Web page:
Alison Macbeth-Anchor Contributor
This past Friday as Team USA marched in South Korea’s Olympic Parade of the Nations, a familiar face was missing – Shani Davis. Competing in his fifth Winter Olympics, Davis, 35, has already achieved great things. Not only is he the first African American to make the U.S. speedskating team, but he also is the first black Winter Olympian to win an individual gold medal.
While the Winter Olympics continue to be an overwhelmingly white occasion, it’s refreshing to see Team USA expanding in its diversity. Yet, Davis wasn’t there representing this diversity at the Opening Ceremony. There were rumors that Davis had training, but an earlier tweet on Thursday indicated a different reason.
When the U.S. Olympic officials announced that Davis had lost the coin flip to be the U.S. flag bearer at the opening ceremony, Davis took the opportunity to express this “dishonorable” act of Team USA on Twitter.
He included #BlackHistoryMonth at the end of his tweet with “No problem. I can wait until 2022.”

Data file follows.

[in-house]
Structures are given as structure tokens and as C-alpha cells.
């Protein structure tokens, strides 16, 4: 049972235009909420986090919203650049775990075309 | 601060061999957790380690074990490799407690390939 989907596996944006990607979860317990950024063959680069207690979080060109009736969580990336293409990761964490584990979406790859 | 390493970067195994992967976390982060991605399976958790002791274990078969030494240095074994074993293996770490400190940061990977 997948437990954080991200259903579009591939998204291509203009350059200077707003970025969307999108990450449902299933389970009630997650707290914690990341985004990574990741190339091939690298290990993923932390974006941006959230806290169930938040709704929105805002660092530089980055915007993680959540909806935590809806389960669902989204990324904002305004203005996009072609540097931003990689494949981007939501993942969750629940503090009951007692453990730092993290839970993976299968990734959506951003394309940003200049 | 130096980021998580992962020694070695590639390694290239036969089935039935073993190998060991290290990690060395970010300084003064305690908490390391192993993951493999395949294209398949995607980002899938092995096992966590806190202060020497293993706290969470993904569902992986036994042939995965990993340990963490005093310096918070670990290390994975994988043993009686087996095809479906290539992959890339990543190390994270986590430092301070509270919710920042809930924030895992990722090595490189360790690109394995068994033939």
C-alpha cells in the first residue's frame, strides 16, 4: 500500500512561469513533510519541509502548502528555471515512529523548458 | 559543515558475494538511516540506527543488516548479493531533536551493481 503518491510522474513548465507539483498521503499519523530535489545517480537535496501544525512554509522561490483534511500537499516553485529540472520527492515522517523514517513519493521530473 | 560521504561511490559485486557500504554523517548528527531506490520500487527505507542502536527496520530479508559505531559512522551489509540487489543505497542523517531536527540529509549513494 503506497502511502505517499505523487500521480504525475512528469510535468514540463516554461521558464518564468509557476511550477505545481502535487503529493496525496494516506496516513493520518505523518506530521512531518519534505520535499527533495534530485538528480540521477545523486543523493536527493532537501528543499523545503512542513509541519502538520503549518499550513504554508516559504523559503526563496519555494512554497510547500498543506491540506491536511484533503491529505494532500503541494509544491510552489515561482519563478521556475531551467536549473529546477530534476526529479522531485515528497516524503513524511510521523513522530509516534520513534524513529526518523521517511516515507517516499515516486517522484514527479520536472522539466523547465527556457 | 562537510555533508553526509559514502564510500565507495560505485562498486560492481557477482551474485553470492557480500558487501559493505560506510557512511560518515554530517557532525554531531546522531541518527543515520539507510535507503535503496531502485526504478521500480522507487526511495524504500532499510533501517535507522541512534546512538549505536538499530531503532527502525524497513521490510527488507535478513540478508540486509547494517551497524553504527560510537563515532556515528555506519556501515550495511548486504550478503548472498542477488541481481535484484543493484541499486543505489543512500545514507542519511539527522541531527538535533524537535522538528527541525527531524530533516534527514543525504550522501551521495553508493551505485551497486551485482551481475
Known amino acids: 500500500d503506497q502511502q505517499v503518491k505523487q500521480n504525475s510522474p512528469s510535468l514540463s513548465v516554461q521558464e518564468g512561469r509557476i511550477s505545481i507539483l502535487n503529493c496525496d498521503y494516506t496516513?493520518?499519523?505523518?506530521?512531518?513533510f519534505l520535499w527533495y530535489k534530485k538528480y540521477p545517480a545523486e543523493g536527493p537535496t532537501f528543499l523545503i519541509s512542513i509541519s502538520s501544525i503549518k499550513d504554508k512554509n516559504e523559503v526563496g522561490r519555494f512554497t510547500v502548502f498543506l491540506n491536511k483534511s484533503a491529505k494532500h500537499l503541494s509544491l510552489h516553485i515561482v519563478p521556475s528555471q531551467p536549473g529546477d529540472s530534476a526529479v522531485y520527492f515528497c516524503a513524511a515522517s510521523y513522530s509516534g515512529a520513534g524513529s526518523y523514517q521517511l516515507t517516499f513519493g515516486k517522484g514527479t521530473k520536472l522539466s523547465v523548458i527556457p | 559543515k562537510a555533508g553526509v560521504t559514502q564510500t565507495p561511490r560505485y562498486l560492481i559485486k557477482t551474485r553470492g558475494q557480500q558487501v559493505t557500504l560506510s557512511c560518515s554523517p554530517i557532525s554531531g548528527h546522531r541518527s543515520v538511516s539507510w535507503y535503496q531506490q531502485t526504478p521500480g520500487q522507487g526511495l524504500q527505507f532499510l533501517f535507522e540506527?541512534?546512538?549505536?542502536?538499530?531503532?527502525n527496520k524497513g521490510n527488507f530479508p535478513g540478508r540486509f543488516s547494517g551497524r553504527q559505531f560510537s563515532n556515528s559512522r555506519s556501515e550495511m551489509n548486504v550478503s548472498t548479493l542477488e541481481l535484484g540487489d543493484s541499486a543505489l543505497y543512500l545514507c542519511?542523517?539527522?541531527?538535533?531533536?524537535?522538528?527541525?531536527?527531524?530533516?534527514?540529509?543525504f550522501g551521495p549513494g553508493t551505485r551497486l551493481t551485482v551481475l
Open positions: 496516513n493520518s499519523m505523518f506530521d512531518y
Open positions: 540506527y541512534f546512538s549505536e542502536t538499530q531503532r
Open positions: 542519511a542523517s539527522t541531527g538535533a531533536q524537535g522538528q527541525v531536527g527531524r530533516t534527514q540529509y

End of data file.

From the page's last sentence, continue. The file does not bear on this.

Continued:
Let’s get this straight. In each of the eight Olympic federations – biathlon, bobsled and skeleton, curling, hockey, figure skating, ski and snowboarding, luge, and speedskating – Team USA members vote for their choice of nominee. If there is a tie, then a coin toss determines the flagbearer.
Davis lost a 4-4 tie to a white woman, Erin Hamlin, who is a four-time Olympian and the first U.S. woman to win a medal in the Olympic history of the luge. Is that “dishonorable”?
Last Winter Olympics it was Davis who complained about the skating suits saying it caused the U.S. speedskating team’s failure. At the same time, Davis is known for training separately from his team. Although Davis’ motivation and success are an inspiring addition to Team USA, his attitude is outshining his achievements.
I’m sorry Davis didn’t get to be the flagbearer in order to carry on the legacy of Black History Month. But Davis, please don’t pollute #BlackHistoryMonth with your complaining. The coin toss is an Olympic standard to break a tie.
It was fair and honorable – and I’m sure Davis wouldn’t be calling this Olympic decision dishonorable if he had won. Plus, who said he couldn’t be the flagbearer for the closing ceremony?